Let us assume that you accept this explanation of the victimary surge. What strategy does this suggest? The solidarity that holds societies together, which had found its most flexible and creative form of expression in government “of the people, by the people, and for the people,” is working ever less well. Victimary thinking has spread from the universities into the greater society, including all but a small fraction of its educational system. I shudder to think what kids are learning today in place of “in 1492 Columbus sailed the ocean blue” and the “Battle Hymn of the Republic.”
The archaic social order enforced extreme levels of differentiation; leaders were treated as gods and endowed with limitless power over others, in effect imposing religions of idolatry. The subsequent conquest of the West by Christianity, by separating God from Caesar, realized something like a renewal of originary universal solidarity in the religious realm. This liberation of moral equality from worldly firstness gave birth within a few centuries to bourgeois society and liberal democracy, which reduced all remaining caste stratifications to historical relics, and with universal suffrage, empowered the political equivalent of the “moral model” of reciprocal symbolic exchange: one person, one vote. Today, this system shows signs of breaking down. How then can we go forward rather than turning backward, as China has done, despite its economic liberalization, to a coercive totalitarian hierarchy?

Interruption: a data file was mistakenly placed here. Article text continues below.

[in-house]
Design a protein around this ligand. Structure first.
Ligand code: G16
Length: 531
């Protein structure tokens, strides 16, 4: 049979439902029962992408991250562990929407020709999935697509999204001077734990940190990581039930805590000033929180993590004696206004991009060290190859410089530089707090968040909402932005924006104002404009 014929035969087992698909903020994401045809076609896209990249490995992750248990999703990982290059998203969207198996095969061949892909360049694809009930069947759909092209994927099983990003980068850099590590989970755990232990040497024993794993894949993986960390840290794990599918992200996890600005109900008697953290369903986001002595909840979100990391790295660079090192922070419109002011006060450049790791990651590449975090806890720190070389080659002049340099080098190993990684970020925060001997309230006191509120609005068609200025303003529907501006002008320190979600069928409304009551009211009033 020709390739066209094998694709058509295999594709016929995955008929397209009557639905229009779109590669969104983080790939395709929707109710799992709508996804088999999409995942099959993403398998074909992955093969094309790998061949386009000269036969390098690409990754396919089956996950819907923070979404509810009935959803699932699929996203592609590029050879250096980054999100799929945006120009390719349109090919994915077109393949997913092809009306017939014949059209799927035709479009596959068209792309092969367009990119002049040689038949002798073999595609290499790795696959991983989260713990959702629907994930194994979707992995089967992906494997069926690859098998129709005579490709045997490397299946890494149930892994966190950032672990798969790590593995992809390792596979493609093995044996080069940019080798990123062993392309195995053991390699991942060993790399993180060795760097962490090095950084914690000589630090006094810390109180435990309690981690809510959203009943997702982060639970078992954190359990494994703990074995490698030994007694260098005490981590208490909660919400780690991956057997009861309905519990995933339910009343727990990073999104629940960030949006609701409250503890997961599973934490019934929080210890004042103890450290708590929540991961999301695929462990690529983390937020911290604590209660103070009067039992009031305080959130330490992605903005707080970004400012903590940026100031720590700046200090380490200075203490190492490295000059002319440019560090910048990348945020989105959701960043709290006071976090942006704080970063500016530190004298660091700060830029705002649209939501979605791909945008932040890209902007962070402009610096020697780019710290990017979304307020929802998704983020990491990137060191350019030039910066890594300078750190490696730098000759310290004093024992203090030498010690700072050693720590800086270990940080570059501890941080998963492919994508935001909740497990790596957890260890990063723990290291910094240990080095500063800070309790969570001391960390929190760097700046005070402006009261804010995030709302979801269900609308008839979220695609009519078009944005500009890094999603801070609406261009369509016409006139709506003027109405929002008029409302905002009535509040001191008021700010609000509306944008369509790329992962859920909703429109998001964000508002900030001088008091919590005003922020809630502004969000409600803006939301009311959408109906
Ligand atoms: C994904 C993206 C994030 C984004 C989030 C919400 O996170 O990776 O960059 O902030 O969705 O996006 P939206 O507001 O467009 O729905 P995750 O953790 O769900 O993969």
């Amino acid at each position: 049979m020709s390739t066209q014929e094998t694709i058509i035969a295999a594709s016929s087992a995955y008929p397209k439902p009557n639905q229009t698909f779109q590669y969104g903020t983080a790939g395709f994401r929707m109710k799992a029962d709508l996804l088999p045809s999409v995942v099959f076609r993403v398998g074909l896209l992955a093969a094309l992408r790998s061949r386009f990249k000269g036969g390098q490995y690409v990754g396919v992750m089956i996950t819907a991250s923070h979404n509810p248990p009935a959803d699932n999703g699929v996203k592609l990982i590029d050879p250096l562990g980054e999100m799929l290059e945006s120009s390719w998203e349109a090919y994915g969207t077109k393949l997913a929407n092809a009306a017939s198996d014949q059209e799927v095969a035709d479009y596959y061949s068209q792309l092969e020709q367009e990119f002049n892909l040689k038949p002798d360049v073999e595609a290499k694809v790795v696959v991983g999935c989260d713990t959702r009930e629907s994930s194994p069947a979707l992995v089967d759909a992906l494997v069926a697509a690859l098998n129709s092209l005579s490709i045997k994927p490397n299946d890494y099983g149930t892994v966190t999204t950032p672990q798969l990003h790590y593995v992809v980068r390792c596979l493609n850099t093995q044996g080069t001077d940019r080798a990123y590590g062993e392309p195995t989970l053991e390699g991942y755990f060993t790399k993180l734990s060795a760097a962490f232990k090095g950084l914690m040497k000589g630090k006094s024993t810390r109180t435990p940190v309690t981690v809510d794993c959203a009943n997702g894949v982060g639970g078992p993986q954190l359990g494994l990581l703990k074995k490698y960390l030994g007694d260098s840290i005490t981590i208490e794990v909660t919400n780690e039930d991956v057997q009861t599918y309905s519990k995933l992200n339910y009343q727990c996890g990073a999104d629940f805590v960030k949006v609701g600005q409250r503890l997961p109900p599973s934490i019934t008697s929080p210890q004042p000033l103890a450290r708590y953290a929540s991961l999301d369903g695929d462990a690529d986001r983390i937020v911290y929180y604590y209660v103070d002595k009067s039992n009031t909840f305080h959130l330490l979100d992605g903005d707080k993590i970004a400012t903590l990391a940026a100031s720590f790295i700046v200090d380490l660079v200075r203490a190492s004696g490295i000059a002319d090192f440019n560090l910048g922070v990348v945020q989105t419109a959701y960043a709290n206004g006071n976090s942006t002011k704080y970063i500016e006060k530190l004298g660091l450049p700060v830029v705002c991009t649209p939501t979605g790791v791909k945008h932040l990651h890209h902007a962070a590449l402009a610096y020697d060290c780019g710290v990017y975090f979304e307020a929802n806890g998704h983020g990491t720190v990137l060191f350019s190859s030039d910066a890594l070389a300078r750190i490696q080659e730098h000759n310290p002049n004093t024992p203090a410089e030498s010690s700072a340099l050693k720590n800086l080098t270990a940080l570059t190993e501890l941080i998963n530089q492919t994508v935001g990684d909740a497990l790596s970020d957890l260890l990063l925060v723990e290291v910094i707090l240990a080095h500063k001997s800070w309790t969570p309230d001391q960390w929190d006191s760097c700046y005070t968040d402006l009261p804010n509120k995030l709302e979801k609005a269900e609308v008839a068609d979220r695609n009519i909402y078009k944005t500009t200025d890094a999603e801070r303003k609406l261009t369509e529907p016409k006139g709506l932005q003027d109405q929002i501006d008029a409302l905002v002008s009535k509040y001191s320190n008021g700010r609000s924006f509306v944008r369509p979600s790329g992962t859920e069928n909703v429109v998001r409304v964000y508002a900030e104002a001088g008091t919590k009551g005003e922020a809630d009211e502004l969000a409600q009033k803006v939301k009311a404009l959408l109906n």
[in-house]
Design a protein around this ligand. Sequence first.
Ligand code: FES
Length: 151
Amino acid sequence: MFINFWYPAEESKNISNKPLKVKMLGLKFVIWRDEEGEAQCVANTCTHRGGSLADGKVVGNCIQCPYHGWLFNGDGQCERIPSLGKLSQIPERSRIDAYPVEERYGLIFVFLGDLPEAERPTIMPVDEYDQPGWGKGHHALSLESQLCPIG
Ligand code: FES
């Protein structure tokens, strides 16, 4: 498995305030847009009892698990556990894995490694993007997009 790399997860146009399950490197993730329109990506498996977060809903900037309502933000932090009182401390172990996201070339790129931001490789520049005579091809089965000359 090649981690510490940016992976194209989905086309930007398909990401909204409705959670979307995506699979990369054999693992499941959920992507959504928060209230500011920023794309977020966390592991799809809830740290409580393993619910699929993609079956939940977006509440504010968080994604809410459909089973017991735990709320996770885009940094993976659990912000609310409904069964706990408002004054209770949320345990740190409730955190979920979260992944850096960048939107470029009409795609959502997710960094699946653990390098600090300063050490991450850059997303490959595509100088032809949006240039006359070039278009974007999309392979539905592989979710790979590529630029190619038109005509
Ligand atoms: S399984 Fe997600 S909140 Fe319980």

Thus far, the growing victimocracy has remained compatible with a flourishing economy and a minimum of social disturbance. But it is hard to believe it can be sustained for more than another decade or two. The burgeoning of the national debt along with near-zero interest rates is but one indication of this. This year’s septuagenarian candidates for the presidency embody our tenuous link with postwar America as the self-confident savior of Western civilization. When all of us are gone, when even the middle-aged will have been taught from early childhood to despise the “Founding Fathers” as slave-owning sexists, this remaining anchor of civility will have disappeared.